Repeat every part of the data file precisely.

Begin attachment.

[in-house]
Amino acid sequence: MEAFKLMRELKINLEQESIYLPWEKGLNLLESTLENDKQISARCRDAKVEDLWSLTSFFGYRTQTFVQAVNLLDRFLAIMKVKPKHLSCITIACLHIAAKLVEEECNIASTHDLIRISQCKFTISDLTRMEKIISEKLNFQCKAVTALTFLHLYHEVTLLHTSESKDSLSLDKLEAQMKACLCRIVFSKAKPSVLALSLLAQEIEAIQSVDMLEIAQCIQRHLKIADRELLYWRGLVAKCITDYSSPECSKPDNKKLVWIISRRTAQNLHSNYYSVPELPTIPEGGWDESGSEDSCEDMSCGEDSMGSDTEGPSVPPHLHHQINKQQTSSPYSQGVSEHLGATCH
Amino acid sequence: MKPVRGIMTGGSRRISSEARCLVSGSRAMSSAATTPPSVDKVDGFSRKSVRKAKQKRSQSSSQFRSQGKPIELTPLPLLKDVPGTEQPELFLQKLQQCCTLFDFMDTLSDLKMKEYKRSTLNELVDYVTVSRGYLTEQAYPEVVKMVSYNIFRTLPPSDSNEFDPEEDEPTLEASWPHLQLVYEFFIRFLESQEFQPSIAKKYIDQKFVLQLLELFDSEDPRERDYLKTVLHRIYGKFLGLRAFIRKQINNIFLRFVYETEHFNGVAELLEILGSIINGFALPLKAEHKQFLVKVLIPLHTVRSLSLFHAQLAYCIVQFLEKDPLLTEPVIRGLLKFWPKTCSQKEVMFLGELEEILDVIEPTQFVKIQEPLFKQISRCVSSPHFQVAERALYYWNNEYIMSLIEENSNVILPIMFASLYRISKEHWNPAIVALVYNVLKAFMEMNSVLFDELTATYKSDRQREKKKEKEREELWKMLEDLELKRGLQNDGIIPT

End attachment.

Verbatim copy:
[in-house]
Amino acid sequence: MEAFKLMRELKINLEQESIYLPWEKGLNLLESTLENDKQISARCRDAKVEDLWSLTSFFGYRTQTFVQAVNLLDRFLAIMKVKPKHLSCITIACLHIAAKLVEEECNIASTHDLIRISQCKFTISDLTRMEKIISEKLNFQCKAVTALTFLHLYHEVTLLHTSESKDSLSLDKLEAQMKACLCRIVFSKAKPSVLALSLLAQEIEAIQSVDMLEIAQCIQRHLKIADRELLYWRGLVAKCITDYSSPECSKPDNKKLVWIISRRTAQNLHSNYYSVPELPTIPEGGWDESGSEDSCEDMSCGEDSMGSDTEGPSVPPHLHHQINKQQTSSPYSQGVSEHLGATCH
Amino acid sequence: MKPVRGIMTGGSRRISSEARCLVSGSRAMSSAATTPPSVDKVDGFSRKSVRKAKQKRSQSSSQFRSQGKPIELTPLPLLKDVPGTEQPELFLQKLQQCCTLFDFMDTLSDLKMKEYKRSTLNELVDYVTVSRGYLTEQAYPEVVKMVSYNIFRTLPPSDSNEFDPEEDEPTLEASWPHLQLVYEFFIRFLESQEFQPSIAKKYIDQKFVLQLLELFDSEDPRERDYLKTVLHRIYGKFLGLRAFIRKQINNIFLRFVYETEHFNGVAELLEILGSIINGFALPLKAEHKQFLVKVLIPLHTVRSLSLFHAQLAYCIVQFLEKDPLLTEPVIRGLLKFWPKTCSQKEVMFLGELEEILDVIEPTQFVKIQEPLFKQISRCVSSPHFQVAERALYYWNNEYIMSLIEENSNVILPIMFASLYRISKEHWNPAIVALVYNVLKAFMEMNSVLFDELTATYKSDRQREKKKEKEREELWKMLEDLELKRGLQNDGIIPT